The Negro Speaks of Rivers

by Langston Hughes

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What is a critical appreciation of the poem "The Negro Speaks of Rivers"?

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Much critical analysis of Hughes' poem lies in how there is a fusion of history and the experience of the individual.   Hughes does an exemplary job of being able to link together the essence of how history and Africans parallel one another.  When discussing what it means to be African- American, Hughes draws the connection between and to history.  In this assertion, one can see that the speaking of rivers and of identity is rooted in historical consciousness, the idea that who one is today is a part of what one's background has been.  This link between one's present state and one's own history occupies a great deal of importance in Hughes, the poem, and the appreciation of it.  On another level, there is much in the poem to suggest the immortality of the soul and to link the idea that what is endured today is a part of a larger configuration or design.  This has much in way of relevance to African- Americans for Hughes.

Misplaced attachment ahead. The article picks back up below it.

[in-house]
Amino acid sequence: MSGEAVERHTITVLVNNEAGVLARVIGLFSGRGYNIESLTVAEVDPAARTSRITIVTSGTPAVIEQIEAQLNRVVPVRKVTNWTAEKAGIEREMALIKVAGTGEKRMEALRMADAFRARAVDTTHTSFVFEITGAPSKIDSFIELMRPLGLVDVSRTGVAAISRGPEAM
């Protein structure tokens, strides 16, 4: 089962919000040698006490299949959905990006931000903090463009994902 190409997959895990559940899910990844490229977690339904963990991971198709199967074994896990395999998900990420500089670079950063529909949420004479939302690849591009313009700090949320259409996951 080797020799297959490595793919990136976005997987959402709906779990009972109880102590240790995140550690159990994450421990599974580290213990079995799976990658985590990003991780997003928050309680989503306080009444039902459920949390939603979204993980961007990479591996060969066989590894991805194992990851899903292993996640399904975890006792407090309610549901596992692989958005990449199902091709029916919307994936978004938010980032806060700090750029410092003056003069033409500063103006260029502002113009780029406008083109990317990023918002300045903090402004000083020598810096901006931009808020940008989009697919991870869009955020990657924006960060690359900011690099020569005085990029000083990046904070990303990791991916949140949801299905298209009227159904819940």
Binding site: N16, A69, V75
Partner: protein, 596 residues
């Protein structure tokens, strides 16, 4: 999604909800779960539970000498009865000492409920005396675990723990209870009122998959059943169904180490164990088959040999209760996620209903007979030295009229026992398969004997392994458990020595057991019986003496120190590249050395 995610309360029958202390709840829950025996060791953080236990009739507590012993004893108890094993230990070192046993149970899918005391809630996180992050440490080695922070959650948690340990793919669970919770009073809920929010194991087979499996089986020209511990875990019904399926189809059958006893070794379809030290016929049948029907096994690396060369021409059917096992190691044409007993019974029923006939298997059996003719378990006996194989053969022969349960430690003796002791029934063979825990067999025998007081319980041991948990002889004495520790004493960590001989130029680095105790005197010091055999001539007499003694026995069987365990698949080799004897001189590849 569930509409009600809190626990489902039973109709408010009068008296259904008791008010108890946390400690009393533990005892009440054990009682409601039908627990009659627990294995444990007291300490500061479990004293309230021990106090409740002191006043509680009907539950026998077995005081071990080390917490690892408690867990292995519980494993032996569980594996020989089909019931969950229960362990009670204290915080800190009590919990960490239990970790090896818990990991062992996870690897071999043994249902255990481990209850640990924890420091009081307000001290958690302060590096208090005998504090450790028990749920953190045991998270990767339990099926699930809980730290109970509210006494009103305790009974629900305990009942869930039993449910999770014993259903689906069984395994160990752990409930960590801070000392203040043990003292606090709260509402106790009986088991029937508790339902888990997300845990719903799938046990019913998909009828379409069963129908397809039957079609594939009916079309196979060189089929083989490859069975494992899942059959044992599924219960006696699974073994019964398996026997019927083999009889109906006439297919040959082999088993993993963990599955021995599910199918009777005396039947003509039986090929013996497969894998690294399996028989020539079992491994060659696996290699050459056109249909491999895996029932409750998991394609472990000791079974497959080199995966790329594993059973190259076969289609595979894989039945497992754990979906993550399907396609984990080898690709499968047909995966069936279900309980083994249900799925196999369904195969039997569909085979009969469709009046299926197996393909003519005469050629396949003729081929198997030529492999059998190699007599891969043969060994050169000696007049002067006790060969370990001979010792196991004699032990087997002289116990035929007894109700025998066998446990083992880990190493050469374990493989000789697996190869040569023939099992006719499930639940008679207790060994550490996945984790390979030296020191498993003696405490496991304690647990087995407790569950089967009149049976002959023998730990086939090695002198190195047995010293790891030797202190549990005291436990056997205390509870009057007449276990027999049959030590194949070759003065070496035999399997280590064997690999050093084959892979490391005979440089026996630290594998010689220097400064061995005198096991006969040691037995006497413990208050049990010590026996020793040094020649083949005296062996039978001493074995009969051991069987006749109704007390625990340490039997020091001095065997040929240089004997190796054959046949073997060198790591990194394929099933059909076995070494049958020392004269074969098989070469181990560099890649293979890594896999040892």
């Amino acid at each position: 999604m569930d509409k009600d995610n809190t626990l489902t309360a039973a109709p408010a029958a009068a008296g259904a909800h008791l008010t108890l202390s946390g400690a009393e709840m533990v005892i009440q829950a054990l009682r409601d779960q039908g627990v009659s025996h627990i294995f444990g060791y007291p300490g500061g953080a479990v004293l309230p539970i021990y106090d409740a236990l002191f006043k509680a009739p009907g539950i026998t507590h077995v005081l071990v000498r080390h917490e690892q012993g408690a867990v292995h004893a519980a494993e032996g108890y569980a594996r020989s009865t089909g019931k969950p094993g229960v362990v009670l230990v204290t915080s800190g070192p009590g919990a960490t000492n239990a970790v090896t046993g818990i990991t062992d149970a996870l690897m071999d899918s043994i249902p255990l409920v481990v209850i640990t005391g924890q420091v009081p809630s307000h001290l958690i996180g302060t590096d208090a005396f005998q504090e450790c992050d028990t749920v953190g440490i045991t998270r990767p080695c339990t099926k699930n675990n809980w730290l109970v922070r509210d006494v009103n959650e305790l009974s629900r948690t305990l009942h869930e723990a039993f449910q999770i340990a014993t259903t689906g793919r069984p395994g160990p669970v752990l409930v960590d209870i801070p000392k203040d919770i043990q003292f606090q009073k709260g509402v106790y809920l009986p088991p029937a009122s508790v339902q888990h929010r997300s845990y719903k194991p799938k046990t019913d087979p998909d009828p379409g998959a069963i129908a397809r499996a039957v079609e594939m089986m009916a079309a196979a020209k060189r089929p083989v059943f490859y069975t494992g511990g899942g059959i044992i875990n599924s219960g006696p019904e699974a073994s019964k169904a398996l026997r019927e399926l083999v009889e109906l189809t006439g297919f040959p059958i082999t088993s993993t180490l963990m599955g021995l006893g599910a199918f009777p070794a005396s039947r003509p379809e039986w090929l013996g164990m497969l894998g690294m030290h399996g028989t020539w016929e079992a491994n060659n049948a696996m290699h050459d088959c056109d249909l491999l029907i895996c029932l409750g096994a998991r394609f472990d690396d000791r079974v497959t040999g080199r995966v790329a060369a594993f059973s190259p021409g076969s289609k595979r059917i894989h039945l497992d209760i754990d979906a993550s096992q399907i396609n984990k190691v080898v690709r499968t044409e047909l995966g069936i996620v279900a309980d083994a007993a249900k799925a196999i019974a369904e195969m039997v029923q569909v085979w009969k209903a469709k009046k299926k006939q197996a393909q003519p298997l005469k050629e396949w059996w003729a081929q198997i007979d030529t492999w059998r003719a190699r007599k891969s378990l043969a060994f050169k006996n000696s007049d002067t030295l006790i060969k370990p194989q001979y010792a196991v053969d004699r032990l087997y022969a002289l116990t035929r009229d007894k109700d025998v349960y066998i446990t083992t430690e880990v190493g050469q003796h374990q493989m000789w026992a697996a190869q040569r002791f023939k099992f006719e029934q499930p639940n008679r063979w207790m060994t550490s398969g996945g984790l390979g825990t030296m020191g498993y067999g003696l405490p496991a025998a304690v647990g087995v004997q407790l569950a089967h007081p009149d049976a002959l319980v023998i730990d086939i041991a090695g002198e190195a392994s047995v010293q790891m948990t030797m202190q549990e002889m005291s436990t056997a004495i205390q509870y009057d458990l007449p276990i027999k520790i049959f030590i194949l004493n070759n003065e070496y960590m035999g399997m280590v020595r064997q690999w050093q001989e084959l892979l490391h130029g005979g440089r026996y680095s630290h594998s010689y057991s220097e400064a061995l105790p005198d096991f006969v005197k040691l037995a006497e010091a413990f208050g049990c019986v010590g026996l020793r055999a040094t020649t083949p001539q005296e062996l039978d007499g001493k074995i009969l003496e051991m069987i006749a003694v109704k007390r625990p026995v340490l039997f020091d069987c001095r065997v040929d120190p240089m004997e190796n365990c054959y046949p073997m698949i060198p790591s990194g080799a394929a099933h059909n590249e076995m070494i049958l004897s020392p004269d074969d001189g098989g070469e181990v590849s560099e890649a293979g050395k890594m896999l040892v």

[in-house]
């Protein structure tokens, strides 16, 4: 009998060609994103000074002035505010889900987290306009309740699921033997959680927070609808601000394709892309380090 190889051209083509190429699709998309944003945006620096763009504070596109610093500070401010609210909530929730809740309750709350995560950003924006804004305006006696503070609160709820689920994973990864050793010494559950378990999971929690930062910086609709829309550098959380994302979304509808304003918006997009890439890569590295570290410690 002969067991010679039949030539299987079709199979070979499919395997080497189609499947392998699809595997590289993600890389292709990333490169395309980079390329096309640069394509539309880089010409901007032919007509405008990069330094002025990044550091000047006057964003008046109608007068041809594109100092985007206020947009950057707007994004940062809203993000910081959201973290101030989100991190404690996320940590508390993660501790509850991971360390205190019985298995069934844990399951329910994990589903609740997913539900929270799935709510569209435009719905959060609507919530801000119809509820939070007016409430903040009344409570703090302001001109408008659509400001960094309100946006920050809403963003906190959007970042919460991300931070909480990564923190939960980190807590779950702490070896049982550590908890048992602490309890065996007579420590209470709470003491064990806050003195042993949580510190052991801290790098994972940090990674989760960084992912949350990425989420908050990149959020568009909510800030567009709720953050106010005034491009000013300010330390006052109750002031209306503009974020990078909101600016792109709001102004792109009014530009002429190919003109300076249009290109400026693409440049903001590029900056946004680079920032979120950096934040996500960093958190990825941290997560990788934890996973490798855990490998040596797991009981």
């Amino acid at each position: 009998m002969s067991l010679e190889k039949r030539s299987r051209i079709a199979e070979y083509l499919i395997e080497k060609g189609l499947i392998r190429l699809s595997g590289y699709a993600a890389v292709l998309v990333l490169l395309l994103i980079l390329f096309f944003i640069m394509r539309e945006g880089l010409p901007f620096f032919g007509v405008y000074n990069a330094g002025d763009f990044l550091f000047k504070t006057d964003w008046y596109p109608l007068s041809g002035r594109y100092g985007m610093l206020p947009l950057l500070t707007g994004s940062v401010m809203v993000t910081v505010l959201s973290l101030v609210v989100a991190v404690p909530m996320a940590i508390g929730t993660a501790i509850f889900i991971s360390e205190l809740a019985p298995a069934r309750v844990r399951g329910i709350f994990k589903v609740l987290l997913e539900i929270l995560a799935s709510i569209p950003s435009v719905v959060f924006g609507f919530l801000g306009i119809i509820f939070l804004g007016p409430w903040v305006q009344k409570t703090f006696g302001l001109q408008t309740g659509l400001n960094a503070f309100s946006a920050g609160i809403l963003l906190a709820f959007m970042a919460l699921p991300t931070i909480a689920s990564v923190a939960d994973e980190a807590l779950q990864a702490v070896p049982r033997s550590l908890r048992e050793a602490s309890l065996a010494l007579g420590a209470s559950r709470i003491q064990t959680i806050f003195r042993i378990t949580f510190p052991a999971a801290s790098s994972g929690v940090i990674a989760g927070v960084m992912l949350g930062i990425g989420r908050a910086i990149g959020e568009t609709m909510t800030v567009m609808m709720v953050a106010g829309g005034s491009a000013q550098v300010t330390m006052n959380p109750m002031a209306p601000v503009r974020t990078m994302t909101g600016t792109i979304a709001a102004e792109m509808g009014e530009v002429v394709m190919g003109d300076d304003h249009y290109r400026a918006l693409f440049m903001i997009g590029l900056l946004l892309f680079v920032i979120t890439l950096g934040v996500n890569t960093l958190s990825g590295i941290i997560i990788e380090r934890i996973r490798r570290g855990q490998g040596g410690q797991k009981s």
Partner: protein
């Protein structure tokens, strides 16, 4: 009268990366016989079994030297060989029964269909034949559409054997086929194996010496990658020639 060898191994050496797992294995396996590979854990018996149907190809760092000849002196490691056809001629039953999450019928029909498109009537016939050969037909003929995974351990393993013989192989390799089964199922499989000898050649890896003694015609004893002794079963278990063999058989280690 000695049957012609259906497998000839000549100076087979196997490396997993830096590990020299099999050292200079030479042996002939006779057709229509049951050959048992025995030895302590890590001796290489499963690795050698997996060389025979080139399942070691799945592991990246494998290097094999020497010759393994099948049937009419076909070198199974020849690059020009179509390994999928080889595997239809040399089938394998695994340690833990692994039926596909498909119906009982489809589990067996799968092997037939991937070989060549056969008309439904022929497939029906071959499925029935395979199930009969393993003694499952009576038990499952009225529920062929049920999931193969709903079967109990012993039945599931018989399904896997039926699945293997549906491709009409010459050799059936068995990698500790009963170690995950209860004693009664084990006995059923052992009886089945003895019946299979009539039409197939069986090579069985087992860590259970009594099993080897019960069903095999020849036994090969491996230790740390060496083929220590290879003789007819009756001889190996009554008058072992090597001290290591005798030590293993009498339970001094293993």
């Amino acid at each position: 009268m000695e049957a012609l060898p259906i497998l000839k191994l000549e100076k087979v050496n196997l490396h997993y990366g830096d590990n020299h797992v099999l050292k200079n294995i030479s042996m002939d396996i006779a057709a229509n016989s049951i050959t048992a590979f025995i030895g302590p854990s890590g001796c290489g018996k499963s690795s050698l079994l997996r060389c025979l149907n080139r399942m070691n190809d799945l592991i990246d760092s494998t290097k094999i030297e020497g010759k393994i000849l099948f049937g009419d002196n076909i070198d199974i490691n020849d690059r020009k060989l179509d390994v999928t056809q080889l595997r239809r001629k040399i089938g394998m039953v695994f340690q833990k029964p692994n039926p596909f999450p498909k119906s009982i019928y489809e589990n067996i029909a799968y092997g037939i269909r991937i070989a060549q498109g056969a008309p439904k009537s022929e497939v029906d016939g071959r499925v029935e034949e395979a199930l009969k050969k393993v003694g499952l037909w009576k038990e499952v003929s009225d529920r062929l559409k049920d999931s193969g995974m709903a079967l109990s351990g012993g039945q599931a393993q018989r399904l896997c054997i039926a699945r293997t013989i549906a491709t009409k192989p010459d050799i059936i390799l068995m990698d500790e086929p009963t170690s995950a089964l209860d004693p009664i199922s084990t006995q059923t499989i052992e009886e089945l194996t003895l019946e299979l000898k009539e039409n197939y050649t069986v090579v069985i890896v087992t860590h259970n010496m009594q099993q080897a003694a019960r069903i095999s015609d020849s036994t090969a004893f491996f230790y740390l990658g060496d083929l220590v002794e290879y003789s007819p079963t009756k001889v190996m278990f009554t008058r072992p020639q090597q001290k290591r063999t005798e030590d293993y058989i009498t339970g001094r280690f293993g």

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Analyze the poem "The Negro Speaks of Rivers" by Langston Hughes.

epollock's comments are very good, especially the opening focus on "human" history, not only African American history.

This poem really interests me because it seems at once both racially specific and non-specific. Most readers have no trouble seeing the racially specific elements: the speaker in the poem is "The Negro" and the references to the Mississippi and Abe Lincoln can be read as allusions to the enslavement of African Americans in the American South.

Fewer readers seem to pick up on the non-specific elements. The Euphrates is not closely connected to African American history, for example, and the Nile also has a tenuous connection. (There are widely held beliefs, not always easy to prove or disprove, among many African Americans that ancient Egypt was ruled by black African leaders.) The repeated use of the word "human" may work against a race-specific reading, as may the colors in the poem: "muddy," "golden," and "dusky" are more varied than "black."

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